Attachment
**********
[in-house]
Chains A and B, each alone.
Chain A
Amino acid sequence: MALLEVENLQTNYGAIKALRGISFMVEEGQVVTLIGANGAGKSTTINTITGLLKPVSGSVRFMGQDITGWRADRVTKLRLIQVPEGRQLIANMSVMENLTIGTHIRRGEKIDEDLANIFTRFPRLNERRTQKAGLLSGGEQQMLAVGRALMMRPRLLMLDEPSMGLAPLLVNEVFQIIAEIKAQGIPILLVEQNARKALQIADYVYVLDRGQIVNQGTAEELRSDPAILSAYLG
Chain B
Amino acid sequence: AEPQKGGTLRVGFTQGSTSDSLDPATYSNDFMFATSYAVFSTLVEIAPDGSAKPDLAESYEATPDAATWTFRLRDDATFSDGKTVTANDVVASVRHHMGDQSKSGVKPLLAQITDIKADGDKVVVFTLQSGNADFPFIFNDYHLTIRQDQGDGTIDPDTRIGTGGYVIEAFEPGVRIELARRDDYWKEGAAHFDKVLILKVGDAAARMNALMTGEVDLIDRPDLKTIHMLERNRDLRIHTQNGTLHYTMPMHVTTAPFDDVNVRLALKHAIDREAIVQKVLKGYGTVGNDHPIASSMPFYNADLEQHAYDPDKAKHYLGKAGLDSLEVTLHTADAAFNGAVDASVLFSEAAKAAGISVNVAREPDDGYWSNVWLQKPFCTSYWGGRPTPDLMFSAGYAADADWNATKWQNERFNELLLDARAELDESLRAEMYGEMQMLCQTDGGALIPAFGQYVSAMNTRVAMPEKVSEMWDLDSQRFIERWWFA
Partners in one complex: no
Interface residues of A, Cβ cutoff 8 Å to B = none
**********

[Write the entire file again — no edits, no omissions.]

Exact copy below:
[in-house]
Chains A and B, each alone.
Chain A
Amino acid sequence: MALLEVENLQTNYGAIKALRGISFMVEEGQVVTLIGANGAGKSTTINTITGLLKPVSGSVRFMGQDITGWRADRVTKLRLIQVPEGRQLIANMSVMENLTIGTHIRRGEKIDEDLANIFTRFPRLNERRTQKAGLLSGGEQQMLAVGRALMMRPRLLMLDEPSMGLAPLLVNEVFQIIAEIKAQGIPILLVEQNARKALQIADYVYVLDRGQIVNQGTAEELRSDPAILSAYLG
Chain B
Amino acid sequence: AEPQKGGTLRVGFTQGSTSDSLDPATYSNDFMFATSYAVFSTLVEIAPDGSAKPDLAESYEATPDAATWTFRLRDDATFSDGKTVTANDVVASVRHHMGDQSKSGVKPLLAQITDIKADGDKVVVFTLQSGNADFPFIFNDYHLTIRQDQGDGTIDPDTRIGTGGYVIEAFEPGVRIELARRDDYWKEGAAHFDKVLILKVGDAAARMNALMTGEVDLIDRPDLKTIHMLERNRDLRIHTQNGTLHYTMPMHVTTAPFDDVNVRLALKHAIDREAIVQKVLKGYGTVGNDHPIASSMPFYNADLEQHAYDPDKAKHYLGKAGLDSLEVTLHTADAAFNGAVDASVLFSEAAKAAGISVNVAREPDDGYWSNVWLQKPFCTSYWGGRPTPDLMFSAGYAADADWNATKWQNERFNELLLDARAELDESLRAEMYGEMQMLCQTDGGALIPAFGQYVSAMNTRVAMPEKVSEMWDLDSQRFIERWWFA
Partners in one complex: no
Interface residues of A, Cβ cutoff 8 Å to B = none